Statement of the Holy See
at the Thematic Discussion on Conventional Weapons
in the First Committee of the 77th Session
of the United Nations General Assembly
New York, 24 October 2022
The Holy See would like to reiterate its support for multilateral efforts to strengthen and fully implement the Program of Action to Prevent, Combat and Eradicate the Illicit Trade in Small Arms and Light Weapons (SALW) and the International Tracing Instrument (ITI), which are important means to seriously impede the nefarious effects of the uncontrolled spread of illegal arms. SALW may be the s0-called weapons of limited destruction, however, they claim yearly hundreds of thousands of lives around the globe and their horrendous impact is widespread and devastating for humanity.
There is a deep connection between the illicit traffic in weapons and violence. In the hands of terrorists, organized crime, gangs and groups that traffic in human beings, narcotics and protected wildlife, the illegal weapons trade undergirds and, in many cases, enables malicious actions to take root potentially everywhere.
There is also a deep connection between the eradication of this appalling spread and integral human development and peace. Already in 1967, Pope Paul VI declared that development is the new name for peace. We cannot help but note that the words of Pope Paul VI are somehow echoed in the 2030 Agenda for Sustainable Development: “There can be no sustainable development without peace and no peace without sustainable development.” The Sustainable Development Goals (SDGs) rightly recognize this, with Target 16.4 aiming to “significantly reduce illicit financial and arms flows by 2030.” In this regard, the Holy See is confident that the Program of Action truly can “enhance the respect for life and the dignity of the human person through the promotion of a culture of peace.”
The Holy See, conscious that today greater international cooperation is required, welcomes the achievement of a consensual outcome document by the Eighth Biennial Meeting of States on the Programme of Action on Small Arms and Light Weapons (BMS8) last summer in New York, including its references to strengthening cooperation and coordination at the sub-regional, regional and cross-regional levels, the promotion of information sharing and the reinforcement of national control mechanisms and looks forward to the PoA and ITI Review Conference in 2024.
Regrettably, as the Secretary-General has noted: “Efforts by the United Nations to address the problems posed by illicit small arms have been fragmented and limited.” More needs to be done. Shamefully, there are those who accumulate great wealth through trafficking in the instruments of death. On the other hand, each country has to face the challenge of the “demand” side of the equation. In these perspectives, the duty to confront the problem of illicit trafficking in small arms and light weapons should be a concern for the entire international community. For this reason, as Pope Francis repeatedly affirmed, it is important to eliminate violence at its root and promote a culture of peace which protects the most precious gift of all: human life.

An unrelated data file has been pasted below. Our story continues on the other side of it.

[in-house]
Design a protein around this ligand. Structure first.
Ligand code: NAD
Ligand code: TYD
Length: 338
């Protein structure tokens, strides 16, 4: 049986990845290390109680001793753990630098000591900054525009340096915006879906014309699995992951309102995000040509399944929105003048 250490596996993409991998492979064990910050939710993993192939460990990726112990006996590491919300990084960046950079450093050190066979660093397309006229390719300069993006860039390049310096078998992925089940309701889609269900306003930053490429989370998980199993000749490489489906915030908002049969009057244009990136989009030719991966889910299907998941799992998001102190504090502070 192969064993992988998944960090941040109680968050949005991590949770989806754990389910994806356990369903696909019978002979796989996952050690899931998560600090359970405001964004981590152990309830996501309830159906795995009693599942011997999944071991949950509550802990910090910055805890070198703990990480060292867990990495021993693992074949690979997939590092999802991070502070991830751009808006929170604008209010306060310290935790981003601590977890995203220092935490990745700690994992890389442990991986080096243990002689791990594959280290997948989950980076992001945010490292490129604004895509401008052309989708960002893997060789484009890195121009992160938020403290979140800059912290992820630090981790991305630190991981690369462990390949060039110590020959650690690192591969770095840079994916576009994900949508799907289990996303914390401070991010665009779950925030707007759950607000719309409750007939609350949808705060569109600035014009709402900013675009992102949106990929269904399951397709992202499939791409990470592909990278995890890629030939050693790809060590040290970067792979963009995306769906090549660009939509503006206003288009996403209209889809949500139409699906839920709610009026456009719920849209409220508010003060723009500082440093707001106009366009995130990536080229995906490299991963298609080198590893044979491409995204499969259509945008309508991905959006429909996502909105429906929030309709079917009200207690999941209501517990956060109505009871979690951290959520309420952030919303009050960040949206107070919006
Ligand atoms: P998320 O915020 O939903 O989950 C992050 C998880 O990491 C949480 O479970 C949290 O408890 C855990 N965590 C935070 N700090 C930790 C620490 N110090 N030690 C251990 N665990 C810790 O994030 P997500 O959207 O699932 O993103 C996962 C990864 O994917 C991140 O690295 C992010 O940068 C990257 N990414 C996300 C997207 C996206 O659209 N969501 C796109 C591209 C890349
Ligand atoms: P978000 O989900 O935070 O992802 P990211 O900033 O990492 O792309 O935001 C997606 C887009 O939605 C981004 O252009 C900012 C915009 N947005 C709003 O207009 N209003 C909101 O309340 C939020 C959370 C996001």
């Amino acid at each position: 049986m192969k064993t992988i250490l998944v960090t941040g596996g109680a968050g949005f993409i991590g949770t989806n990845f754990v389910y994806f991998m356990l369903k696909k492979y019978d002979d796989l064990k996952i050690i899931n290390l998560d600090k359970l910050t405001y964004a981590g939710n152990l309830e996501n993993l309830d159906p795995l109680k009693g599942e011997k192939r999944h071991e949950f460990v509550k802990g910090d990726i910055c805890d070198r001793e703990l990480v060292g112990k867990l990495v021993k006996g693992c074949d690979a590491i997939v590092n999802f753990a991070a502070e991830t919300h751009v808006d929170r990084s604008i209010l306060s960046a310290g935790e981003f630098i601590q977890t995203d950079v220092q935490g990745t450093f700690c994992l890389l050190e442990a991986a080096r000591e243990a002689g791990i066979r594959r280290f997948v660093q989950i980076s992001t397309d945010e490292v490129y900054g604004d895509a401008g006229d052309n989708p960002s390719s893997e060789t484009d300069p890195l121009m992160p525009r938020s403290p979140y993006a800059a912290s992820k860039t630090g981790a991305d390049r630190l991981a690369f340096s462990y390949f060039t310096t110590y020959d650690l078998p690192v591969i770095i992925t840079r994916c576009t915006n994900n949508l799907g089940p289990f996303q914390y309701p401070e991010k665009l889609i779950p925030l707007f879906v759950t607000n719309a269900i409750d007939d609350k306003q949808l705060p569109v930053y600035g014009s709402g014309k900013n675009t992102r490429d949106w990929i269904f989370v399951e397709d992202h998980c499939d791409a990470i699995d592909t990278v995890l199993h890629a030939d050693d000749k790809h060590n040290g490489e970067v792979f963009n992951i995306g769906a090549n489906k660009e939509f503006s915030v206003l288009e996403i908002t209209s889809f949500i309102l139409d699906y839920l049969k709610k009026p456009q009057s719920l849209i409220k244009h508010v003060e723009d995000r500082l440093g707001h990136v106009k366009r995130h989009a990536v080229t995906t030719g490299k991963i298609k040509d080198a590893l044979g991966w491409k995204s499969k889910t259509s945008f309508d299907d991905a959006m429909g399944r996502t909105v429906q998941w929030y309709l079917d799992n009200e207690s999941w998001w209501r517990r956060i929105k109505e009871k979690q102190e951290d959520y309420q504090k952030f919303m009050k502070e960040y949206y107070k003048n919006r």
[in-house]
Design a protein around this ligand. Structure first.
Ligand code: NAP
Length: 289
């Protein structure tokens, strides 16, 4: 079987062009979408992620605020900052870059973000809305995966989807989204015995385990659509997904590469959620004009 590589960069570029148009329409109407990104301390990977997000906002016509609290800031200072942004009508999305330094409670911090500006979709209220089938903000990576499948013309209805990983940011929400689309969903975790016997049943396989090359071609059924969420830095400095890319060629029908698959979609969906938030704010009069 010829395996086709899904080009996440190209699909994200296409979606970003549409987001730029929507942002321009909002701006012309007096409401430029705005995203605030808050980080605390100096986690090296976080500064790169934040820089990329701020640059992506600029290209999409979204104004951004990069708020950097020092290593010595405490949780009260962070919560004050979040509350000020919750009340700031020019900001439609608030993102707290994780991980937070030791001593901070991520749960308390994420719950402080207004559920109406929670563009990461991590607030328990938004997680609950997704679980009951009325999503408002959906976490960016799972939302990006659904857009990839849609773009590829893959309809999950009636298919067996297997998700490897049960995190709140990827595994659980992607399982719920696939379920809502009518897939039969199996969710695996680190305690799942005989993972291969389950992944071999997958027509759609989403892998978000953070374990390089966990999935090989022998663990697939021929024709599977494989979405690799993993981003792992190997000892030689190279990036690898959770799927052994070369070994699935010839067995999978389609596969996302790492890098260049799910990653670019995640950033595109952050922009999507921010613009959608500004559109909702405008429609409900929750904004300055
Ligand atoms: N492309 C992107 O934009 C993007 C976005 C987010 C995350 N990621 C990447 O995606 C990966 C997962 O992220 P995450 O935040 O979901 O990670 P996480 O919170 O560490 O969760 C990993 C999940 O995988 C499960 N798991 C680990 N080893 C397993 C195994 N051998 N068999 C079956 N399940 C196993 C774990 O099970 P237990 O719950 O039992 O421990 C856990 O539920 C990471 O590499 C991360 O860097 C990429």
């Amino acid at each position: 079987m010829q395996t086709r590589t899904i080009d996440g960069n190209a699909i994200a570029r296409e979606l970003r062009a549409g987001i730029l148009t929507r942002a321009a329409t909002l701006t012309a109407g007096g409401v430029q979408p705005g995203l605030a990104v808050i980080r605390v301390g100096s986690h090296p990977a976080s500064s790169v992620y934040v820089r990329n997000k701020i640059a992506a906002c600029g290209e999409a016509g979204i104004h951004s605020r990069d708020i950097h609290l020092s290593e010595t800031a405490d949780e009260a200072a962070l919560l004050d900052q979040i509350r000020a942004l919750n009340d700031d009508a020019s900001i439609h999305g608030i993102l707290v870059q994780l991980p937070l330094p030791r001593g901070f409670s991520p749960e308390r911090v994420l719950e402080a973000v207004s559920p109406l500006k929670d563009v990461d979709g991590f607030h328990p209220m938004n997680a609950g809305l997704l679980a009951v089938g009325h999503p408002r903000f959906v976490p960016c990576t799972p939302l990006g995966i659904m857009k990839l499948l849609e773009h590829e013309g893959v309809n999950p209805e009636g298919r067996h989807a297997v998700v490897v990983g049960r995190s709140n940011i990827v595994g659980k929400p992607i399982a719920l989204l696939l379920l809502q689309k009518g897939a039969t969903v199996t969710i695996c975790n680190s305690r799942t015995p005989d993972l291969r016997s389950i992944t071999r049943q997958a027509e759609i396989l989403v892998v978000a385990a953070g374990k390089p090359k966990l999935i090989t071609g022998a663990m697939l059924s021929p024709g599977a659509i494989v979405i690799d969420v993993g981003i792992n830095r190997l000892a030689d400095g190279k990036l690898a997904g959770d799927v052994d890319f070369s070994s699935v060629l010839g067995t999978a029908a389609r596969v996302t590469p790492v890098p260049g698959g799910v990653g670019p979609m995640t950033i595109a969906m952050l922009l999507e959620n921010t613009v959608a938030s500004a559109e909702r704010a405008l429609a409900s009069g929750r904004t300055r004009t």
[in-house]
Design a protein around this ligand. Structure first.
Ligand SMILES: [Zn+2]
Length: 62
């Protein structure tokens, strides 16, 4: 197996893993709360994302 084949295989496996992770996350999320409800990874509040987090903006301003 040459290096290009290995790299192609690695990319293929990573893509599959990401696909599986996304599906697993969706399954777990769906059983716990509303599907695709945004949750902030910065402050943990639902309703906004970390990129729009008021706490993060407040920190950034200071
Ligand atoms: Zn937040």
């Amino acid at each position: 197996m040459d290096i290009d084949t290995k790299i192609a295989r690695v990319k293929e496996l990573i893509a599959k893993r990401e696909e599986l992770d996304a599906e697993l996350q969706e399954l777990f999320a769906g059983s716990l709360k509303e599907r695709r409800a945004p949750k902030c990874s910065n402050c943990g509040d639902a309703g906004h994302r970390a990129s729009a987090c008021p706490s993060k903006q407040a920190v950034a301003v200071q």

Allow me to conclude by reiterating the words of Pope Francis: “Why are deadly weapons being sold to those who plan to inflict untold suffering on individuals and society? Sadly, the answer, as we all know, is simply for money: money that is drenched in blood, often innocent blood.” Let us together, as the international community, overcome economic and political interests and put human life as an overarching priority.
Thank you, Mr. Chair.
 Cf. Pope Paul VI, Popolorum Progressio, 76-77.
 Transforming our world: the 2030 Agenda for Sustainable Development, A/RES/70/1, pag. 2.
 Transforming our world: the 2030 Agenda for Sustainable Development, A/RES/70/1, 25.
 Report of the United Nations Conference on the Illicit Trade in Small Arms and Light Weapons in All Its Aspects, A/CONF.192/15, New York, 9-20 July 2001, 7.
 UN Office for Disarmament Affairs, Securing our Common Future: An Agenda for Disarmament, New York, 2018, 40-41.
 Pope Francis, Address to the Joint Session of the United States Congress, 24 September 2015.